Crochet or Knit a Tawashi Scrubber with Crochet Scraps, and Clean the House (Free Pattern)

Crochet a Tawashi Scrubber with Crochet Scraps, and Clean the House (Free Pattern)

Do you ever get the feeling that you’re repeating the same pattern with your days, over and over, never doing anything new? While household chores seem to be one of those things that make us feel like we’re in the film Groundhog Day, it’s helpful to think of it as less of a circle and more like a spiral. There are tiny differences each time, depending on what happened previously – cleaning up after a party is different than cleaning up after a quiet dinner party or an evening of babysitting kids.

Sometimes it helps to also bring in something new to the loop. Like this Tawashi Scrubber, which uses crochet scraps to become one of the most handy, practical, and colorful items in your house cleaning kit. What can I say? Cleaning is more fun with colors. Of course, you could go all out and belt out some Disney tunes while you scrub with your rainbow Tawashi and pretend that you’re Cinderella, but maybe that’s just me.

If you want to make one of these for yourself (or a couple dozen to keep around the house – I wouldn’t necessarily recommend this as a gift for friends or family as they make take it the wrong way so unless they ask for one, maybe keep these for yourself), you’ll need the following materials: worsted weight yarn (the pattern recommends acrylic for a stronger scrub, but if this is going to be used as a shower scrub, you may want to switch to cotton as it works better for sensitive skin), knitting needles (size 7 or 8), and scissors. You’ll need to know how to knit and purl, and whether or not you use a contrast color is up to you, though of course it is fun to experiment with various colors or even a variegated yarn.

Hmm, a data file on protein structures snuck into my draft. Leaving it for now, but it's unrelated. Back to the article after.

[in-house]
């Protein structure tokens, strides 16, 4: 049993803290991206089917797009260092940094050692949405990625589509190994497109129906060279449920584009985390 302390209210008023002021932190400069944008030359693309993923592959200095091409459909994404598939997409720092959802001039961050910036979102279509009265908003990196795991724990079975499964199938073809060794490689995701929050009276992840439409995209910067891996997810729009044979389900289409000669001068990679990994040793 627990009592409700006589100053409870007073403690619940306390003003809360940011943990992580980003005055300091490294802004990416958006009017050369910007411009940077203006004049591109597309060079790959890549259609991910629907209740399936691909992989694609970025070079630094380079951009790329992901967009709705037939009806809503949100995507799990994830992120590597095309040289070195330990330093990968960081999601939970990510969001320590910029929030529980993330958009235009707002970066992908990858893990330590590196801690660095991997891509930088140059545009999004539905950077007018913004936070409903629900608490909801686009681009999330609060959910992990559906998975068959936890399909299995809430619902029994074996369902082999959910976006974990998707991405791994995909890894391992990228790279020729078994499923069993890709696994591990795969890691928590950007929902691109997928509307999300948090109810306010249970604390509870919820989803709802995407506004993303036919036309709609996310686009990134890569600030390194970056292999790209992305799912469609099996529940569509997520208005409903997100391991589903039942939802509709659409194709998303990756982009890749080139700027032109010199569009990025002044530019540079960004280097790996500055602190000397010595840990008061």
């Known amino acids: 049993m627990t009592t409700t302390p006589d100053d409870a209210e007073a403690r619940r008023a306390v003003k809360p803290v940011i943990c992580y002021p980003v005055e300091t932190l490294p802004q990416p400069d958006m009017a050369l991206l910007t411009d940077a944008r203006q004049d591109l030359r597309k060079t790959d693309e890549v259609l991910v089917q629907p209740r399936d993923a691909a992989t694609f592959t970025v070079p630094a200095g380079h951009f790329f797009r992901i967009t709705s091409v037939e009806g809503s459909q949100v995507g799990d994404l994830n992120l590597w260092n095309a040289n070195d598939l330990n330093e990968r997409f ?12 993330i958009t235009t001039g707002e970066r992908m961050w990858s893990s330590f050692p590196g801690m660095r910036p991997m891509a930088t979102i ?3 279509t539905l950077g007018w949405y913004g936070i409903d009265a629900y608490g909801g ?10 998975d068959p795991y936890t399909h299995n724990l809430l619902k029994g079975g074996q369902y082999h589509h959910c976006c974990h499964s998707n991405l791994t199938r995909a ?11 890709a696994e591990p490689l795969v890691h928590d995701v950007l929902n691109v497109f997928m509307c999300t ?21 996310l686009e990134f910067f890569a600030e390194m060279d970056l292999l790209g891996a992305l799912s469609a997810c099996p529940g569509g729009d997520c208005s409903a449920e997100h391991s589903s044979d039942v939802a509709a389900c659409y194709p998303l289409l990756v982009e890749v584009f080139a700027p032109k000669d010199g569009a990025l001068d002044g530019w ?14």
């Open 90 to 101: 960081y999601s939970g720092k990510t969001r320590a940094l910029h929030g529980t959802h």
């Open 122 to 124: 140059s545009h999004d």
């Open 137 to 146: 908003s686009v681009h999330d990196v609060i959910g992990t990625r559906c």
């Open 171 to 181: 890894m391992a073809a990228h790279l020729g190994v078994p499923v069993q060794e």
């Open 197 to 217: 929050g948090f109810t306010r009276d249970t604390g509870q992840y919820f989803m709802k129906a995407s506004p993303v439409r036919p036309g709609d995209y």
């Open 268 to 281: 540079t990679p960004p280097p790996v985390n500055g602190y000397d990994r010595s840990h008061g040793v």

If you’d rather crochet the scrubber, you’ll need worsted weight acrylic yarn and a size “H” crochet hook. You’ll need to know how to chain (ch), single crochet (sc), back loop only (blo), and crochet two together (2tog) as well, though of course these stitches will be familiar to most crocheters. A note on the crochet pattern says that there is a bit of construction to do after completing the crochet part, and involves weaving the ends in and out until you can pull everything tightly together and knot it to resemble the photo. This isn’t too difficult and should only take a few tries.

Want to add a few of these cuties to your cleaning kit? You can find the knitting pattern from Shh, I’m Counting! on their Ravelry page, where the pattern is available as a free download. If you like this pattern you might want to check out the others posted. If you’d rather crochet yourself a scrub, you fan find it at the Crochet Patterns Only blog, which provides both a written tutorial and a video tutorial (the link sends you to YouTube). If you like that one, there are a few blog links on the side to other free patterns which you can check out.

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